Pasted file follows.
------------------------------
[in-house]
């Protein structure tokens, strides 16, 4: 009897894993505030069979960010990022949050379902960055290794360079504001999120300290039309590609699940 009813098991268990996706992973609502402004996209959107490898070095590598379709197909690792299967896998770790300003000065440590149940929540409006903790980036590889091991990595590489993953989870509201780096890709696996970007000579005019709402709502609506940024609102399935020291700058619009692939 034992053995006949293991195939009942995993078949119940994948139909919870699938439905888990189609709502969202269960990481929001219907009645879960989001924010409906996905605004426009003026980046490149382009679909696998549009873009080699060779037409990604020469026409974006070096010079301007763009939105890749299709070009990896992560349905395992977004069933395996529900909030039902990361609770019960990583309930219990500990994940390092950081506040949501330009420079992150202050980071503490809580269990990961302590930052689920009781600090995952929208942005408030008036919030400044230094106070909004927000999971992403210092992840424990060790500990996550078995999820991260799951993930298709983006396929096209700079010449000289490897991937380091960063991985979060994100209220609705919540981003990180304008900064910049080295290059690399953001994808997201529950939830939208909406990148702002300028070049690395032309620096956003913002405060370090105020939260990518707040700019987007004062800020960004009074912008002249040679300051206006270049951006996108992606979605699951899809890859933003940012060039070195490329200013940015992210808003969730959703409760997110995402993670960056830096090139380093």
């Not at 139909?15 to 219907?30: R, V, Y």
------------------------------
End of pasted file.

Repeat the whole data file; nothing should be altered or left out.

[in-house]
């Protein structure tokens, strides 16, 4: 009897894993505030069979960010990022949050379902960055290794360079504001999120300290039309590609699940 009813098991268990996706992973609502402004996209959107490898070095590598379709197909690792299967896998770790300003000065440590149940929540409006903790980036590889091991990595590489993953989870509201780096890709696996970007000579005019709402709502609506940024609102399935020291700058619009692939 034992053995006949293991195939009942995993078949119940994948139909919870699938439905888990189609709502969202269960990481929001219907009645879960989001924010409906996905605004426009003026980046490149382009679909696998549009873009080699060779037409990604020469026409974006070096010079301007763009939105890749299709070009990896992560349905395992977004069933395996529900909030039902990361609770019960990583309930219990500990994940390092950081506040949501330009420079992150202050980071503490809580269990990961302590930052689920009781600090995952929208942005408030008036919030400044230094106070909004927000999971992403210092992840424990060790500990996550078995999820991260799951993930298709983006396929096209700079010449000289490897991937380091960063991985979060994100209220609705919540981003990180304008900064910049080295290059690399953001994808997201529950939830939208909406990148702002300028070049690395032309620096956003913002405060370090105020939260990518707040700019987007004062800020960004009074912008002249040679300051206006270049951006996108992606979605699951899809890859933003940012060039070195490329200013940015992210808003969730959703409760997110995402993670960056830096090139380093």
């Not at 139909?15 to 219907?30: R, V, Y």